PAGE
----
Nice use of space. You might consider moving the head of the bed to the other end to allow you to utelize the space above the doorway more easily, but then you would have to switch the desk as well. Well done!
I had one my entire "big bed" childhood, came in handy since my room was an after thought of the house. that looks nice too, like ikea furniture, but better lol
There are no triangles, so a bed like this would be wobbly unless it was fitted in a space like yours where you could brace it firmly against three walls. That might be an important point if anyone were to copy you. The design looks great! It's a little non-intuitive because you don't expect to access the bed from below, and you haven't built the ladder yet.
Yes, the bracing does help it a lot. If this were to be free standing it would require some form of diagonal bracing to keep it from "racking". As for the ladder... I'm scheming! Watch this space...
Nice work, great use of space. As long as the final product is successful, and you haven't become too attached to a design to change it, then there is no such thing as 'over designing'. Any improvements/ changes you would make if you did it again?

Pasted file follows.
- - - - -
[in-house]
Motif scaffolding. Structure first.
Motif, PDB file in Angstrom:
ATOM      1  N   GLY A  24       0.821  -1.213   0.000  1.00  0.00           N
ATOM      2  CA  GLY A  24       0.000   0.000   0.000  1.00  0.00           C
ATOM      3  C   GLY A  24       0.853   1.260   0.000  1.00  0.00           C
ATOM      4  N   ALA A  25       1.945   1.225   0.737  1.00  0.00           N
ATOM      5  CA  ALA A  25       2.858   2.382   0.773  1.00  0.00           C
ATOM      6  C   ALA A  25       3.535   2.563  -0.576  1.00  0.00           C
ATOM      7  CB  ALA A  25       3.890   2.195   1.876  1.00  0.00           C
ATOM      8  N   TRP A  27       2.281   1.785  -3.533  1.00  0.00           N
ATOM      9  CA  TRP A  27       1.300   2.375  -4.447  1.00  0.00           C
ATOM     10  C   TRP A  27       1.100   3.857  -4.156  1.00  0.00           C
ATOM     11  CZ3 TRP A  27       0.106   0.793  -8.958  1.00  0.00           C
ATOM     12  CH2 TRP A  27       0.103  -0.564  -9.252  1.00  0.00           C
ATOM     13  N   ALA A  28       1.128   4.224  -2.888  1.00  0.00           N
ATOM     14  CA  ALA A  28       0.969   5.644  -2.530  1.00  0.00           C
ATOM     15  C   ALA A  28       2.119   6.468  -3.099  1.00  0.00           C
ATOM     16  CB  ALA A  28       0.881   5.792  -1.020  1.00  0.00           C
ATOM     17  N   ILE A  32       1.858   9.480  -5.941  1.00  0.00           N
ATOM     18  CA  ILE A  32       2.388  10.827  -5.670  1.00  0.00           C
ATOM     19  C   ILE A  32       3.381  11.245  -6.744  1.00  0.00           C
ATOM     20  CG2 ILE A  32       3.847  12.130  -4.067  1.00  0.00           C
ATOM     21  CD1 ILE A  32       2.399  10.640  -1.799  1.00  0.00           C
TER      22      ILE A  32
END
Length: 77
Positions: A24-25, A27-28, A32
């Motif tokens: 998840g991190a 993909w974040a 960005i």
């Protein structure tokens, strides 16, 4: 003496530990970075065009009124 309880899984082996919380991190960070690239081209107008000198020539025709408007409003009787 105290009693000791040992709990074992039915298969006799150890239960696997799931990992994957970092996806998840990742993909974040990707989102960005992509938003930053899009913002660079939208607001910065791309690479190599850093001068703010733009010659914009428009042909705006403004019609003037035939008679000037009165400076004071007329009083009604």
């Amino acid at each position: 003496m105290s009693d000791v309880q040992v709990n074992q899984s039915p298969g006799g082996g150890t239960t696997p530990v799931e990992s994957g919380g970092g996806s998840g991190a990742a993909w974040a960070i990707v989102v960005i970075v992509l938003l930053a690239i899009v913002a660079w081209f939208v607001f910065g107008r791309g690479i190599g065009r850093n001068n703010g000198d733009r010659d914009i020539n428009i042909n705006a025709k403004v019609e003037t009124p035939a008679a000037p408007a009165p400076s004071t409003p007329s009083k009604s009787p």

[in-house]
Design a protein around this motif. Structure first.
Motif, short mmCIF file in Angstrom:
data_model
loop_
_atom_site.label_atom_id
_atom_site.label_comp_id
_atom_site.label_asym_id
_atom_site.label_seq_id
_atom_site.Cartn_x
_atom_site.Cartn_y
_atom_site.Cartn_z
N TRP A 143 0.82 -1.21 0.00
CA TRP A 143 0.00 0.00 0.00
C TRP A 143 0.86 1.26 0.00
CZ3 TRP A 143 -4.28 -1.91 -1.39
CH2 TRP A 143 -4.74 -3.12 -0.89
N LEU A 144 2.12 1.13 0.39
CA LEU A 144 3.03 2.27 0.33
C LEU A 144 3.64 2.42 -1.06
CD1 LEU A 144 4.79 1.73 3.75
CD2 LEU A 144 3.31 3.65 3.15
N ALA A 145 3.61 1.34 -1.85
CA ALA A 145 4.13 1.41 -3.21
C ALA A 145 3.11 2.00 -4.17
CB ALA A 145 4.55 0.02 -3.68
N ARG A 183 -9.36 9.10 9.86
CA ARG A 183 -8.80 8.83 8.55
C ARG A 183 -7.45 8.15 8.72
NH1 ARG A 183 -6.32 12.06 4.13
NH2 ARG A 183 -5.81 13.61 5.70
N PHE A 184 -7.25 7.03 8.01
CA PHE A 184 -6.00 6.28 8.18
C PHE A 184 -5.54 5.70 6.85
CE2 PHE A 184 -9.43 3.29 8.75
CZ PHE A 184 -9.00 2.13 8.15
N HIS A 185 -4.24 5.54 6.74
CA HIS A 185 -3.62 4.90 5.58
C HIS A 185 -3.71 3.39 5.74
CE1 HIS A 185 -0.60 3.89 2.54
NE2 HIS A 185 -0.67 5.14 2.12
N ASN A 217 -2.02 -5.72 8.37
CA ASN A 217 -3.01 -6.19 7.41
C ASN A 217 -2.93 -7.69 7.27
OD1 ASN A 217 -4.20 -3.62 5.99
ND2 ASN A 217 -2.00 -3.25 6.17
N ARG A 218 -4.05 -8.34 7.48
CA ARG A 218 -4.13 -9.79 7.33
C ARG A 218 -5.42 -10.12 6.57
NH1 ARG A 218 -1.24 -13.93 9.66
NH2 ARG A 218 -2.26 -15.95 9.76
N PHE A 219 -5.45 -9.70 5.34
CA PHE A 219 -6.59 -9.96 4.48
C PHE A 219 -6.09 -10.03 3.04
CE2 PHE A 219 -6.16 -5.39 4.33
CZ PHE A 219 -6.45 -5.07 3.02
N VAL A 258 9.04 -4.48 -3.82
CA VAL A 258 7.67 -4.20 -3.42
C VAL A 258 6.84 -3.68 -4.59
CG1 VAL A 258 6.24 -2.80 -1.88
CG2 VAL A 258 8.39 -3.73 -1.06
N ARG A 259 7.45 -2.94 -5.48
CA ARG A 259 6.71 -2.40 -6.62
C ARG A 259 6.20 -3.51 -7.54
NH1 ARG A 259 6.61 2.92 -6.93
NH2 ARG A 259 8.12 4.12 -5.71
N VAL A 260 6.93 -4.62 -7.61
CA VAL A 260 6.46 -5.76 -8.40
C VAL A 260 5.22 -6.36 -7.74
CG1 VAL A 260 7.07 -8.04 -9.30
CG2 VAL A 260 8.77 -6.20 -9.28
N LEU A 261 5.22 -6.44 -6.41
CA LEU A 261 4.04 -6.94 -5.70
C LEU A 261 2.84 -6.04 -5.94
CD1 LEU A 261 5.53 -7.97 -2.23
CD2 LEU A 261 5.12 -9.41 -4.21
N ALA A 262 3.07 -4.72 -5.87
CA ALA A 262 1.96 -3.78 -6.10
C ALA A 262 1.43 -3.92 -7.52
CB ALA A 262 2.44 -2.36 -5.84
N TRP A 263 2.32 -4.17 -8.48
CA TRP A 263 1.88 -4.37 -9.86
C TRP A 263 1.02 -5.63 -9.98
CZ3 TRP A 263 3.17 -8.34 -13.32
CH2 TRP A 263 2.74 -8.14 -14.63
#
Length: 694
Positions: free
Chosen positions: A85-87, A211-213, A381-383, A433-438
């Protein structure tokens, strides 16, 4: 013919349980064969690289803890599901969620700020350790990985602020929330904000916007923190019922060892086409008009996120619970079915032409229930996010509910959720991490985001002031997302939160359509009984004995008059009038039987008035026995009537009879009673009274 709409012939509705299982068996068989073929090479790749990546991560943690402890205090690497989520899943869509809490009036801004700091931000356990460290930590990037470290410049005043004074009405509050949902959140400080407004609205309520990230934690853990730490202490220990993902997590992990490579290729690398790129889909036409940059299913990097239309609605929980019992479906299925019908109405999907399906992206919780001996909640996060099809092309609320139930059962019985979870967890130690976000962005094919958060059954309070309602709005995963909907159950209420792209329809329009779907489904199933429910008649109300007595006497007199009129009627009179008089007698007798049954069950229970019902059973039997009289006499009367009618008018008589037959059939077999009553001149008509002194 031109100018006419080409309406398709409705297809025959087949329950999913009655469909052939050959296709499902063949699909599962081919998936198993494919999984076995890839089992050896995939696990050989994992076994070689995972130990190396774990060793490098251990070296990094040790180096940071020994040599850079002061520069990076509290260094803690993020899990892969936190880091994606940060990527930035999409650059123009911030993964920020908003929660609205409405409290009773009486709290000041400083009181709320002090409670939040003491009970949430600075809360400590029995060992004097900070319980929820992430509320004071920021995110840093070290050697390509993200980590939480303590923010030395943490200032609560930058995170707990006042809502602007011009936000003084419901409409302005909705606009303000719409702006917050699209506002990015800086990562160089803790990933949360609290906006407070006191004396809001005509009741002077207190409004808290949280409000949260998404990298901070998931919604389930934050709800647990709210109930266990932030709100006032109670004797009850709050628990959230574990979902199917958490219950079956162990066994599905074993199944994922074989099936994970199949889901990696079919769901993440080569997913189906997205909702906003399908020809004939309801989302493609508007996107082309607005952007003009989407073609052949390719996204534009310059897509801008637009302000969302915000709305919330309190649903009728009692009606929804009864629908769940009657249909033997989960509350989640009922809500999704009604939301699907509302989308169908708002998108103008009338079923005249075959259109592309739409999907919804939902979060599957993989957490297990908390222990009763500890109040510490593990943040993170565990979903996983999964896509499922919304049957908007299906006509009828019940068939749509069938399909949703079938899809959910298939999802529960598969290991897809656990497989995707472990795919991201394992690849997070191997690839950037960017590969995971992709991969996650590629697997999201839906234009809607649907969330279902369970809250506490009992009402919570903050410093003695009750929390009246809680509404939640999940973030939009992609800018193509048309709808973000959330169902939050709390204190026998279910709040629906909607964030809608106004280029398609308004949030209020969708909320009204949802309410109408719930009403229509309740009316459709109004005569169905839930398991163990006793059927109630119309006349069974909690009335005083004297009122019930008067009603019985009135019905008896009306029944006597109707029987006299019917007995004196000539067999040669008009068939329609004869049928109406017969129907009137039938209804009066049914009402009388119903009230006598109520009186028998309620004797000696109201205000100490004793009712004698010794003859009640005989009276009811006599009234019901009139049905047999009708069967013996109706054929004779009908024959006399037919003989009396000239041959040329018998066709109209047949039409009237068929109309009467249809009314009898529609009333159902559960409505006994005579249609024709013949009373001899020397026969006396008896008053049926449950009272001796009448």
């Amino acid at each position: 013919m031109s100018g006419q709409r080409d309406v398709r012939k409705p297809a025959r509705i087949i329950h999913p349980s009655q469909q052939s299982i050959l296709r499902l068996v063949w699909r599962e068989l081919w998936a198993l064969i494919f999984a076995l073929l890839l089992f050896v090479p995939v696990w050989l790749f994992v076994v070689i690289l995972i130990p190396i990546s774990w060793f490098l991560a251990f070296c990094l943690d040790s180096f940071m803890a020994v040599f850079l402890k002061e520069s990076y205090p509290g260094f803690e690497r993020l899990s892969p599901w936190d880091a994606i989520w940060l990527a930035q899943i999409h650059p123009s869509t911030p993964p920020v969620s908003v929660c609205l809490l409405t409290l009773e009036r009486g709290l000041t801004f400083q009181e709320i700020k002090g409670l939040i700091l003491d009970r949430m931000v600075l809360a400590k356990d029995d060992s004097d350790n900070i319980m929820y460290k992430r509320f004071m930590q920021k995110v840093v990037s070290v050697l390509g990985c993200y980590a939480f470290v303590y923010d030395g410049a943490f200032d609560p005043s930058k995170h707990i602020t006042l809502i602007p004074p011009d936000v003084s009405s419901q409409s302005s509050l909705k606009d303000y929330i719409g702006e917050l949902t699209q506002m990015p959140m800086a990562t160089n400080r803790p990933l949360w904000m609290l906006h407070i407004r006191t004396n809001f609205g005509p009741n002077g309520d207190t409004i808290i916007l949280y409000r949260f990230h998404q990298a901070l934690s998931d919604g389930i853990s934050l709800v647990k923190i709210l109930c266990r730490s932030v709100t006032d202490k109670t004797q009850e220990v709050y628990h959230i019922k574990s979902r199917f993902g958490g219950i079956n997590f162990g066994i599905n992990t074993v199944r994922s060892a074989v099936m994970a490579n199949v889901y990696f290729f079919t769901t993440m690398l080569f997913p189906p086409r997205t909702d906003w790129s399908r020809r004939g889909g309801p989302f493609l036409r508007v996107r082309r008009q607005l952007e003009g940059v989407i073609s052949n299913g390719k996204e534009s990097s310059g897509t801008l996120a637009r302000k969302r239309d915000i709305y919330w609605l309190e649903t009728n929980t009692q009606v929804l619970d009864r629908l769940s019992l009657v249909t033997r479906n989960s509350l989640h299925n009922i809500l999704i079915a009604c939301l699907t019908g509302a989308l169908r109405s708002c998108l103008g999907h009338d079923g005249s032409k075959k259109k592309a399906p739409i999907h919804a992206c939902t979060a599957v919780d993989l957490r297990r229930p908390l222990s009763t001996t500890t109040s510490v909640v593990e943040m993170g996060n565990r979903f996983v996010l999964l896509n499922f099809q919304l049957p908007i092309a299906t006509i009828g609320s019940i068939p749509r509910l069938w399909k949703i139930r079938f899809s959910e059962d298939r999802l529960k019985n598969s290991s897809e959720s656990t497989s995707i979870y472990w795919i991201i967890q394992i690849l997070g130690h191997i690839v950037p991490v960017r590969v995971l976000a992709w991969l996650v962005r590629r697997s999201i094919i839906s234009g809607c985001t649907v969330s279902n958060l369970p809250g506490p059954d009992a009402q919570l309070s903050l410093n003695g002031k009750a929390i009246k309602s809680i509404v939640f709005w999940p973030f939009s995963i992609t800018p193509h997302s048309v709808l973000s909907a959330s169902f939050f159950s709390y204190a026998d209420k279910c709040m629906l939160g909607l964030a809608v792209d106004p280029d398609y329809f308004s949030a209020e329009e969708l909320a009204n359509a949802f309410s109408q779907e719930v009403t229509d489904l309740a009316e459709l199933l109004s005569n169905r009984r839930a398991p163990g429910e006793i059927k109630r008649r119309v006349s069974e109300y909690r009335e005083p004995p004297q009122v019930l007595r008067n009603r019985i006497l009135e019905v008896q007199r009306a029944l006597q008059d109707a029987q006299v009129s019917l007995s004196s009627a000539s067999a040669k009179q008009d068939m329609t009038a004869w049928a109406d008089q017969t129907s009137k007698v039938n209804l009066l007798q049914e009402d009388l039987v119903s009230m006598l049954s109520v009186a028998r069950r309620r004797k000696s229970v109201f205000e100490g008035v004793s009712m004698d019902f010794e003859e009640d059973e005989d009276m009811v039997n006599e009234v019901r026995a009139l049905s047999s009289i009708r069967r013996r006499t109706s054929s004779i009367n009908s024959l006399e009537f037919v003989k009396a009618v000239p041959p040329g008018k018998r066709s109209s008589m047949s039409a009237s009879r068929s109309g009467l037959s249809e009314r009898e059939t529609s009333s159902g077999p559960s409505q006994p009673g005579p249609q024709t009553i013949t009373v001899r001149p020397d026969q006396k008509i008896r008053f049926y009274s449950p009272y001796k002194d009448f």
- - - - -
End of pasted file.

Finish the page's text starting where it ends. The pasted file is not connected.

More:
Anything differently... hmm, I think if I had a router available I may have added a round over to some of the more exposed edges. As it stands I just know to be a little careful with them, also with the router I may have recessed the bolting arrangements a little on the 100mm x 100mm material just for neatness. As for final dimensions and overall concept, it is fulfilling my needs and i havent hit my head off of anything yet, so it seems good!
Very nice, it looks really great. I would love to see this in my group if you wouldn't mind posting it there. Here is the link <a rel="nofollow" href="https://www.instructables.com/group/fixit/">Home Repair, Refurbishment, and Projects</a><br/><br/>Good job you get a +<br/>